The trench coat guys are super creepy. I love how the white gloved, white megaphone po-po are wearing combat boots. Just in case the crowd turns ugly?
The crowd’s excitement on entering normally forbidden territory is contagious.
Anyone who knows me knows that I do not like baseball or most spectator sports. However, I do like good-looking athletes. I am crushing a bit on Matsui Hideki whose Yankees team just won the World Series.
Somehow I never liked Suzuki Ichiro, another famous Japanese baseball player in the US. Not because of his talents, or lack thereof. He’s just too skinny and, well, ugly looking. Yes, I am shallow.
松井様、おめでとう！Which athletes do you think are hot?!
(ps: Major yucks. I think in the background on the left is the rich dude who just bought himself a 3rd term as mayor. Stay away from the good-looking athletes, ok?).
Breaking with tradition, Hatoyama Miyuki, wife of Japan’s new PM, plans to take a visible role as Japan’s First Lady. Frankly, I had never seen a photo of Mrs Aso, Mrs Fukuda, Mrs Abe or Mrs Koizumi. So it’s revolutionary news that Japan may be on the cusp of welcoming its first First Lady.
What do we know about Miyuki-sama? She was born in China during the war, a former actress, cookbook author, television personality, and a “life composer.” She believes she shares “a sensibility” with Michelle Obama, and hopes to meet her. Mostly, she is a tireless promoter of her husband, with Wikipedia reporting that she chooses her husband’s outfits and (personally?) styles his hair.
My favorite story so far is how she explains her husband’s “alien” nickname. According to the loyal wife, he was given the name by political adversaries since he is so different from old-style politics. Unh, really?! I thought it was because he’s extraordinarily ugly, with a weird-shaped head on a smallish body. And it’s certainly better than being referred to as “the guy with the dead fish face.”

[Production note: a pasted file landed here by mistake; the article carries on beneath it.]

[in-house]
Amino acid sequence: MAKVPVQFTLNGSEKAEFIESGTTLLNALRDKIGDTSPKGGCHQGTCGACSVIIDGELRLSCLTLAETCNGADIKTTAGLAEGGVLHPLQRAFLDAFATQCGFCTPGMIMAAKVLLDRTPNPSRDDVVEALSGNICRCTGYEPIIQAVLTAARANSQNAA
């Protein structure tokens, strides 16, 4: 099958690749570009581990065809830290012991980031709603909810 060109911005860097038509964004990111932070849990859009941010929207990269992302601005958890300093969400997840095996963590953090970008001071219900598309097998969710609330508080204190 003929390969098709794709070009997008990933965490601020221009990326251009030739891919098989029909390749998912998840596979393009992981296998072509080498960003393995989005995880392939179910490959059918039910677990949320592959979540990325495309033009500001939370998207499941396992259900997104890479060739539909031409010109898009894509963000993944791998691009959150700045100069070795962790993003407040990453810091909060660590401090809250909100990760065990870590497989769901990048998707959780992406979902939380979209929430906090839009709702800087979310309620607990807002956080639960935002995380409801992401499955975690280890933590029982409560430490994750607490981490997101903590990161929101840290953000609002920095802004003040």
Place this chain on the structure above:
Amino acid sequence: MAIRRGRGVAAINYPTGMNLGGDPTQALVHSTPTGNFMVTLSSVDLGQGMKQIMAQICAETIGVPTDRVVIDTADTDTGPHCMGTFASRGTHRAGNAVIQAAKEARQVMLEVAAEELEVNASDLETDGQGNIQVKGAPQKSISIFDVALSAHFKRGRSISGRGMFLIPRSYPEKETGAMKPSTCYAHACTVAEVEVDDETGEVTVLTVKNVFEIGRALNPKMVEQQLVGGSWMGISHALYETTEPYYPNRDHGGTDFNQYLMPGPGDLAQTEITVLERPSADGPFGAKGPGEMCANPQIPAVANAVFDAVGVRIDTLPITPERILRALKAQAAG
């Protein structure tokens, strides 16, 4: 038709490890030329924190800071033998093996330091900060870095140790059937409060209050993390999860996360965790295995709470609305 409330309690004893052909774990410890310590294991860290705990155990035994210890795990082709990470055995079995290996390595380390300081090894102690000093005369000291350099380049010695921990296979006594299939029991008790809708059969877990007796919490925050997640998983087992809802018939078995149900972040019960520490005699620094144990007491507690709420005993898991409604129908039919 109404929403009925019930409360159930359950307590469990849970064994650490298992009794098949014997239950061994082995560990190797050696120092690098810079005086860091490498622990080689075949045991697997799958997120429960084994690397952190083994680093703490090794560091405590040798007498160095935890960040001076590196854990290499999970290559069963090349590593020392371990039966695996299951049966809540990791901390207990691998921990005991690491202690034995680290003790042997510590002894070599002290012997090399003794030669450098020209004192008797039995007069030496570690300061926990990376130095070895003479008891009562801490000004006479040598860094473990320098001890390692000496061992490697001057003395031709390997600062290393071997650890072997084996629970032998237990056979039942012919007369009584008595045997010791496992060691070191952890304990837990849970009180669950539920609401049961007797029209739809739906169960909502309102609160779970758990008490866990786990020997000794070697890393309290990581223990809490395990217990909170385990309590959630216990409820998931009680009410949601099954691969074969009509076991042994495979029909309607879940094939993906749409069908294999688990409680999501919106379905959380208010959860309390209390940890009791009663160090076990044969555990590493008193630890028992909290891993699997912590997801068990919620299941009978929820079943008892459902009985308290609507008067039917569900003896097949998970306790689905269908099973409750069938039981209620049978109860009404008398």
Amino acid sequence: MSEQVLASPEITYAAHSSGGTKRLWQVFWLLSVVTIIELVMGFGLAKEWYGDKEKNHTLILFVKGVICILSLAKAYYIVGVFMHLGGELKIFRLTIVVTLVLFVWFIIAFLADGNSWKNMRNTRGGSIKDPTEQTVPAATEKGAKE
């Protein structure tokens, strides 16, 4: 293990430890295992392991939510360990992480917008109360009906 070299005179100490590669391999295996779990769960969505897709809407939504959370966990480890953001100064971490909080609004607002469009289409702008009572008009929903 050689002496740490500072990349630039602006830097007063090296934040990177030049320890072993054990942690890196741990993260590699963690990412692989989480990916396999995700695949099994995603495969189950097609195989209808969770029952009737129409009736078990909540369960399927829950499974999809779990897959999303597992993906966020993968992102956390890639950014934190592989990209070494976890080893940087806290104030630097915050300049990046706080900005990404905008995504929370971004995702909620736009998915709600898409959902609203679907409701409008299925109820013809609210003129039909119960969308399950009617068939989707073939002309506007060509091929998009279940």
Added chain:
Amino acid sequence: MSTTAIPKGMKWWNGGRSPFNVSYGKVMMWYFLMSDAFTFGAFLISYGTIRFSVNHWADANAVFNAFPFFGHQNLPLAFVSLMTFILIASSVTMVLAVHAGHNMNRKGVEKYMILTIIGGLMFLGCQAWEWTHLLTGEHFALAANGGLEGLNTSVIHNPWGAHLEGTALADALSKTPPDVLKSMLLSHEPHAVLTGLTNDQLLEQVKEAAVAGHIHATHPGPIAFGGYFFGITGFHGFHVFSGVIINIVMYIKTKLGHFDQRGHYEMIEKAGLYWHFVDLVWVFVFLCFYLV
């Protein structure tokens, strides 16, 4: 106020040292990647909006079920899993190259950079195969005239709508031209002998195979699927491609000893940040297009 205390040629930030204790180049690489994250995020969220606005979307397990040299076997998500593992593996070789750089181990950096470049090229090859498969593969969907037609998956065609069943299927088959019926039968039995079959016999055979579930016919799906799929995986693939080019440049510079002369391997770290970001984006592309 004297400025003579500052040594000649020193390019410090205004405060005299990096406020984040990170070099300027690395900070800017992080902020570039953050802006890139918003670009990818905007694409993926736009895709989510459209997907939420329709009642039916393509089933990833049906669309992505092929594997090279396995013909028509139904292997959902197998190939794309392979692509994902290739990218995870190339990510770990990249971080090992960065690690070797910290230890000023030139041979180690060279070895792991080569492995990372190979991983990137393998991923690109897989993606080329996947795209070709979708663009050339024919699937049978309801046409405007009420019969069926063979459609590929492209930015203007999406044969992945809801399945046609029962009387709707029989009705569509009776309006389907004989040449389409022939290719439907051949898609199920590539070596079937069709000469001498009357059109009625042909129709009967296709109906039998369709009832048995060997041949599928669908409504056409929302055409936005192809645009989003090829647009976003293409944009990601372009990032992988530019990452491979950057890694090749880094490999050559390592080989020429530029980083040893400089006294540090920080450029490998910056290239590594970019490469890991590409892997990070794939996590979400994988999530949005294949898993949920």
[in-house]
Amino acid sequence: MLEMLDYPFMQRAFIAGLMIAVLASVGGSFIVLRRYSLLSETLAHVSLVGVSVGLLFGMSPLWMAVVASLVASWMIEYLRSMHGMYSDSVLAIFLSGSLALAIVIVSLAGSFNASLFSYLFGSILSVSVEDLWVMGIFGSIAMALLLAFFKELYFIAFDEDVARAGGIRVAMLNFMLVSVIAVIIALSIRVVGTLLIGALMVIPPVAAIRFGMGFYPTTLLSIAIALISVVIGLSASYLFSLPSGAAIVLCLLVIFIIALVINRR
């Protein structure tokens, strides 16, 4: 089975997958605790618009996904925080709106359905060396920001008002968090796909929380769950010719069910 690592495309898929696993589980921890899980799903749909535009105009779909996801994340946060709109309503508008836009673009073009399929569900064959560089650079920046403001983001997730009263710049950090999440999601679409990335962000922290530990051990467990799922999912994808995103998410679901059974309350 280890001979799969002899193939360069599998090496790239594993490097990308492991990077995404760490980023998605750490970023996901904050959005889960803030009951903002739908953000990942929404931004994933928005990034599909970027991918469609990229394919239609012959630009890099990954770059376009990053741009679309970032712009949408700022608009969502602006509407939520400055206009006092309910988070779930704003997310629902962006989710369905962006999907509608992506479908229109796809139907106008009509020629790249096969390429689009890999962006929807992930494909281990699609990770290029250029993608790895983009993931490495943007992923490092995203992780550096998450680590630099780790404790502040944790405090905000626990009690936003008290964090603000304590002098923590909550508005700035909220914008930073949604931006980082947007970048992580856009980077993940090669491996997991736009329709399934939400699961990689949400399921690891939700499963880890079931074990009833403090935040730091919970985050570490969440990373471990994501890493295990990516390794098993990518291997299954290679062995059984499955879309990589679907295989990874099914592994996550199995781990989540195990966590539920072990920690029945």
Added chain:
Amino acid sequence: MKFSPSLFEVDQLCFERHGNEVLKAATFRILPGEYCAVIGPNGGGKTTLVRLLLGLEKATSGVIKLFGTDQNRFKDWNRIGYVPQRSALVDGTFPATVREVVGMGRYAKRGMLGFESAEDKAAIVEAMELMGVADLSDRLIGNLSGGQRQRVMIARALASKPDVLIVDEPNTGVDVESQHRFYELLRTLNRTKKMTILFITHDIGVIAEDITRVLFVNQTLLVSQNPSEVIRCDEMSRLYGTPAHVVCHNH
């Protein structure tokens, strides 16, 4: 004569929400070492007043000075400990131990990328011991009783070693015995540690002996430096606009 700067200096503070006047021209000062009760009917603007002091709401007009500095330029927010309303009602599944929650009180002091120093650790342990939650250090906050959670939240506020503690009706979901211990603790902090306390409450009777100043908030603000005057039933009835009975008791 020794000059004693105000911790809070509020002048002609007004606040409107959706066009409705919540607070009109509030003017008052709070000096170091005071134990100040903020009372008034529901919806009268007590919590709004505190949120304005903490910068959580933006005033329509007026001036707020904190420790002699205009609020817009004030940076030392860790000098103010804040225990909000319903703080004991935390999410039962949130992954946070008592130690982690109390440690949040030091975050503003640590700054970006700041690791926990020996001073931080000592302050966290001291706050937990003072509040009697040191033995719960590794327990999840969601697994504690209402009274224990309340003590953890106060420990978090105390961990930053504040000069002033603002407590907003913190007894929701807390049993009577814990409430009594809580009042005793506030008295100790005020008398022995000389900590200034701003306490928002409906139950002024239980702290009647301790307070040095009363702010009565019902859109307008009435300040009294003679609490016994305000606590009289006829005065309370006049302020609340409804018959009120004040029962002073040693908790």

But, Miyuki-sama, please do not let me discourage your spin, conjugal devotion, or quest for the limelight. Finally, with the (first?) emergence of a First Lady of Japan, this is Japanese “change” that I fully support. Bring on the outfits, social causes, cultural activities, and style.
Update: A second Japan Times article adds even more outrageous details. Miyuki-sama is a former singer and dancer in the very popular Takarazuka Revue all-female theater troupe. And she has a spiritual side that puts Shirley MacLain to shame. She has written in a book that, while sleeping, her soul flew in a triangle shaped UFO to Venus. On a television program, she also claimed that she eats the sun, and that it gives her “enormous energy.” Even better, she added, “My husband has recently started doing that, too.” Oh, and she met Tom Cruise in a previous life, claims he was previously Japanese, and dreams of making a Hollywood movie with him.
It must be wonderful to be so fabulously wealthy, and to live in a country where such outlandish views are neither questioned nor ridiculed. Dearest husband, please make me Japan’s next First Lady!
Second Update: There’s also a New York Times article with the exact same content, plus some angry online reader replies and many replies by the reporter. Plus this amazing photo of the Hatoyamas as a young couple What happened to his looks? Can I buy her wig? And why has no one commented on this EXCITING news?!
What seems like an ancient wood residence sits incongrously on the main street of Akasaka. I visited this central Tokyo neighborhood twice recently for work. Each time I was amazed by this particular house, directly next door to an up-to-the-last-minute McDonalds, dwarfed by a few street trees, and modern high-rise towers. The owners must have turned down many offers for developing their land.
Here’s another view of this small home next to fast food modernitee.
The street contains a Metro station and a number of buildings from the 1960s to this decade. My favorite is the one in the middle of the next photo. The glass facade looks like shards jutting in and out for 15 stories.
Akasaka has a wonderful mix of the slick newest building styles, the banality that you see everywhere in Tokyo, and bits and pieces of old Tokyo charm.
My work colleagues took me into an ugly mid-rise building where there was a restaurant that looked like a throw-back to the 1960s. We sat on a tatami mat, with no floor cut-outs to make sitting easier, and the stout and friendly proprietress served up delicious bento box of sashimi and tempura for me, aji-don for my new friends. The per person cost, including service, was $11.
On a smaller side street, I saw two fancier restaurants with interesting gardens. The first is incredibly simple and mostly obscured by the wall.
The second is wonderfully fussy, including the bamboo hat that is both decorative and a means to train a pine tree.